Written by Shawna at Not the Former Things.
My boys have been in love with the Percy Jackson books series for years now. It began with my oldest binge reading every single book and, soon after, my youngest was reenacting mythological Greek monster slayings.
Because they are older (ages 14 and 11) finding hands-on learning activities has been a bit of a challenge. The good news is, it’s totally worth it. I find my boys are not only much more engaged in the material, but also retain so much more when we incorporate hands-on learning activities.
Because they already have a natural interest in Greek Mythology and Ancient Greece, this hands-on activity has been one of our most successful to date.
Ancient Greece Study: Politics and Pottery
An ostracon is a piece of pottery, usually broken off from a vase or some other container. In archaeology, ostraca refer to small pieces of stone or pottery that have writing scratched onto them. Usually these pieces were broken before the writing was added – broken pieces of pottery were everywhere and easily re-used for writing. (Recycling in ancient times!)
In Classical Athenian politics, when the decision at hand was to banish or exile a certain member of society, the citizens would vote by writing the name of the person on a broken piece of pottery. If the citizens voted to do so, the person was exiled for a period of ten years from the city (this is where we get the term ostracism).
After convincing my boys that it was not an option to vote to ostracise one another, and reviewing the historic significance of ostraca, we set about making our own examples – complete with Ancient Greek writing.
Hands-On Ancient Greece Pottery Activity
For this activity, you will need the following:
- A broken pot, or if none are available, air-dry clay to create your own ‘pottery pieces’
- Tempura paint and paint brushes
- A sharp instrument to carve letters (we used a ceramics tool, but many kitchen implements will also work)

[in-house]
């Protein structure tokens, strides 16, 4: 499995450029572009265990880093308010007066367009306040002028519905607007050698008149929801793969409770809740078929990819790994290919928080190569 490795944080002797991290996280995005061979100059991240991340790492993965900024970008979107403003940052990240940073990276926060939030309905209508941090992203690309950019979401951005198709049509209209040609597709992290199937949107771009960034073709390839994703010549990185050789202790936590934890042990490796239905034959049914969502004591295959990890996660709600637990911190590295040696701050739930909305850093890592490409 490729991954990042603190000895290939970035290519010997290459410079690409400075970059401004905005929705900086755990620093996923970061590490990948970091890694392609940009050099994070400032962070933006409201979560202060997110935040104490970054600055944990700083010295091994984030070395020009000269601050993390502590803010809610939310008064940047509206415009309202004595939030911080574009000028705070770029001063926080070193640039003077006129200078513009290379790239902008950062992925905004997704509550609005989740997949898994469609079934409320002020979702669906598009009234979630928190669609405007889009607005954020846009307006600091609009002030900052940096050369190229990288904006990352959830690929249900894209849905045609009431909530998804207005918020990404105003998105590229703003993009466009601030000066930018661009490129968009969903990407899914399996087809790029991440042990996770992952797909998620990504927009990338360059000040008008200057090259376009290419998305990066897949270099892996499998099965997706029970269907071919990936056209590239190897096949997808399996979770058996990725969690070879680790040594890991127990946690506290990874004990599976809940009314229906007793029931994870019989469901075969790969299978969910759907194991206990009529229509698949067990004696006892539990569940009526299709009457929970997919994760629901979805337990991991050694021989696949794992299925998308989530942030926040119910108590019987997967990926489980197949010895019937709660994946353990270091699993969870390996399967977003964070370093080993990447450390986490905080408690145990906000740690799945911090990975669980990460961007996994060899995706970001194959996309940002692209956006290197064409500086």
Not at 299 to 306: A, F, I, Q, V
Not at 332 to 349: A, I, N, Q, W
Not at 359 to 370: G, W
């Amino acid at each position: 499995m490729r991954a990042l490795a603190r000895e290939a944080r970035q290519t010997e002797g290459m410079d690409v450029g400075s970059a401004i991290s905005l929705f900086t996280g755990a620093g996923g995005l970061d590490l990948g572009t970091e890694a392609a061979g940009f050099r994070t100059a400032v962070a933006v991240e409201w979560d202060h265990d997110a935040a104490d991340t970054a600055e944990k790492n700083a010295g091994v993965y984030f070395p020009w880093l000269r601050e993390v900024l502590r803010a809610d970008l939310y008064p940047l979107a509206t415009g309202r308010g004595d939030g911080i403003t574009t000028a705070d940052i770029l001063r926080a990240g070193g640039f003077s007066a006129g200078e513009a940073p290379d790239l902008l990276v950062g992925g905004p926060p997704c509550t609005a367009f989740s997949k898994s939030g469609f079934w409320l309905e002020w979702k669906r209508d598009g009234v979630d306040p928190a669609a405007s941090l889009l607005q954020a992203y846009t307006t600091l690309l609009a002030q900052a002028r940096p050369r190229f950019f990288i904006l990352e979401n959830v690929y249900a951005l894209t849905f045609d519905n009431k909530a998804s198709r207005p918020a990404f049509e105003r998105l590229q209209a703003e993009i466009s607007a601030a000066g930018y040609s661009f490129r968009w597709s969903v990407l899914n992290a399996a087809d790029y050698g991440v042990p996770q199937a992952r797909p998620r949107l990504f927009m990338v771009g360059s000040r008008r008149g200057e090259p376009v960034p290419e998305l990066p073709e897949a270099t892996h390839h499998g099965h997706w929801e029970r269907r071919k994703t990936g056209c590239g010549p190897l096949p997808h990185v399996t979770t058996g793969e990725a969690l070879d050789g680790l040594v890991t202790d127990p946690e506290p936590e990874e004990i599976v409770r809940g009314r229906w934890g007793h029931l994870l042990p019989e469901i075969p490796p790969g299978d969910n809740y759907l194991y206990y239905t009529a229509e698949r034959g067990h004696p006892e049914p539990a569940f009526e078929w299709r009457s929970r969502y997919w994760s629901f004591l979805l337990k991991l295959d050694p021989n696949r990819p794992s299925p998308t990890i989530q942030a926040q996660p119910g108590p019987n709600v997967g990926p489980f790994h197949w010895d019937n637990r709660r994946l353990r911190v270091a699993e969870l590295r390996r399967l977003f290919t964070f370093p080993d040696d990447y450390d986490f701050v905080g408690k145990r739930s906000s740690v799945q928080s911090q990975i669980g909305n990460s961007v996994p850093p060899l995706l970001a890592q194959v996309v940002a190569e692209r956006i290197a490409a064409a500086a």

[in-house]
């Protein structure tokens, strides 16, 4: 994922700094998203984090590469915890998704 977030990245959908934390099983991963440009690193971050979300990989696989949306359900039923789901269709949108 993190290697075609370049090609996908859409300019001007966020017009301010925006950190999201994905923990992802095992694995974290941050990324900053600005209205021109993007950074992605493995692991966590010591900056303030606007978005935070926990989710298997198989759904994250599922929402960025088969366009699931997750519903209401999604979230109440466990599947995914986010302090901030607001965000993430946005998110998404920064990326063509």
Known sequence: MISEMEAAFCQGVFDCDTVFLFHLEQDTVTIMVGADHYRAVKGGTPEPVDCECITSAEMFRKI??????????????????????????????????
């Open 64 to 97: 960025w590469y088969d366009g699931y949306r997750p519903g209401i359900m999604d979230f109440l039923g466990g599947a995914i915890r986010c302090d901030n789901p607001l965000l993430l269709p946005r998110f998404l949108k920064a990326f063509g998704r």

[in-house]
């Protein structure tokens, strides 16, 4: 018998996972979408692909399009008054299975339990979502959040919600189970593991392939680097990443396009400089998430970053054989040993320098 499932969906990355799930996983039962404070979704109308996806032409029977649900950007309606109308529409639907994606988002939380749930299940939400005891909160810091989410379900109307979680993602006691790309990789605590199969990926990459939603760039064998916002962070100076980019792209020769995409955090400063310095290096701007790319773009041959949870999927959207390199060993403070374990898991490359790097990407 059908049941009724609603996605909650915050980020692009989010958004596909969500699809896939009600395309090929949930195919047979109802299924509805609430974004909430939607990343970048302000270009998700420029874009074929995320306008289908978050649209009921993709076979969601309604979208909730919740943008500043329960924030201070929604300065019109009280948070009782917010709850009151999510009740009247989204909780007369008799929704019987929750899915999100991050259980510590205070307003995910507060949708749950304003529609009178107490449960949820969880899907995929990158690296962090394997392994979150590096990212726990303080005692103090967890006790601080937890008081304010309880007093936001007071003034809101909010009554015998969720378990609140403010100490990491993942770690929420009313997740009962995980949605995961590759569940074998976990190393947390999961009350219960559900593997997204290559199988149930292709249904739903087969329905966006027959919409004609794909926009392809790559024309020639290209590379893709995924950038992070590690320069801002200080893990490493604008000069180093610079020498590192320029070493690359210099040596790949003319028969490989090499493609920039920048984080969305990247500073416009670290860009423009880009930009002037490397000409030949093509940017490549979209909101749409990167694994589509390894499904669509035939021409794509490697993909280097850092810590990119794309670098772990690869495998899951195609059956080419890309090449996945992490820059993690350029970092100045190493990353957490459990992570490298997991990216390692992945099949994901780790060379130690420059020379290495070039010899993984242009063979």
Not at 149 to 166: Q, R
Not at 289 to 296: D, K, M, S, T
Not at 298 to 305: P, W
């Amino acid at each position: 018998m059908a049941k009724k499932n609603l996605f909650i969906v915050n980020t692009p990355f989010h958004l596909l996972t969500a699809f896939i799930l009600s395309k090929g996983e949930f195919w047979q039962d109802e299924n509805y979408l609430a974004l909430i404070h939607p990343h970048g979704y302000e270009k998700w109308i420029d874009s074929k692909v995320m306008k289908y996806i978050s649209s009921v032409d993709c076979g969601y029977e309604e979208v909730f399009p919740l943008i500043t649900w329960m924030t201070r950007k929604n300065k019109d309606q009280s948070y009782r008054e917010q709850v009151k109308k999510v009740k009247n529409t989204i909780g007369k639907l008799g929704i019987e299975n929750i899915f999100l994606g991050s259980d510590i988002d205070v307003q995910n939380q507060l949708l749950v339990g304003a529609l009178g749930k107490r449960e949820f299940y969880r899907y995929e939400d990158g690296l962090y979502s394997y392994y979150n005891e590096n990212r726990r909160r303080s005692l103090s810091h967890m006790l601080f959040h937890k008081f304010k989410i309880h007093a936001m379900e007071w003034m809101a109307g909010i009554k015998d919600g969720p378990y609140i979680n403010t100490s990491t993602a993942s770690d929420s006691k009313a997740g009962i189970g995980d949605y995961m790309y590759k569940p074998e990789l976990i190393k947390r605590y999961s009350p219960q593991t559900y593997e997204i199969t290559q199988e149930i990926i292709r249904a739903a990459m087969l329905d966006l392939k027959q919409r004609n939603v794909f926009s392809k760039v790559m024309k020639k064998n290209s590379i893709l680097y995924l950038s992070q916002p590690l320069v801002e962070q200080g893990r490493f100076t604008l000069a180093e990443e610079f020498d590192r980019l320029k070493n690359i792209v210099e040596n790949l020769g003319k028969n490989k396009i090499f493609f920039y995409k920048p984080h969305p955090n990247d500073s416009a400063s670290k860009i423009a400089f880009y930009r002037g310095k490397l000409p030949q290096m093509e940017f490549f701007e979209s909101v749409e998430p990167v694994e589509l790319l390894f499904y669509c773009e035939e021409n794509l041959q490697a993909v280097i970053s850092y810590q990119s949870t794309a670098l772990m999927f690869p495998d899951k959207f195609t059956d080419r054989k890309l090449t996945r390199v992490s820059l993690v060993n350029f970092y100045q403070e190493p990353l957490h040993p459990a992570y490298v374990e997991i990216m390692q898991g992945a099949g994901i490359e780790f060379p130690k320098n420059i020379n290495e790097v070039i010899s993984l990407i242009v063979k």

- Printable Greek Alphabet
Our first step was finding broken pieces of pottery. In our backyard, this is not difficult to do as my sons enjoy a wide array of outdoor activities that may or may not break things from time to time.
Just in case, we also used air-dry clay to quickly create our own, easier to carve, “pottery pieces.”
After the pieces dried, we painted the pottery lightly, and then sanded it to make it appear as if the paint had worn off over time.
It was then time to carve Greek letters onto our newly formed Ostraca.
Using the sample printable, my boys experimented with greek lettering. We discussed the differences between our own and that of the ancients.
When we were all finished up, the boys and I were pretty impressed with the outcome. Our pottery pieces really did look like something you might see in a book or museum.
To make it official, my youngest actually buried them and then dug them back up – not only to get them authentically dirty but to pretend to be an archeologist for the afternoon.
Overall, this hands-on activity worked well for us. The chance to learn a bit more about Ancient Greece and politics in a new democracy was certainly educational (even for me) and the pottery activity made it so much more engaging and fun!
To learn more about Ancient Greece with the kids, try these other hands-on Grecian learning activities!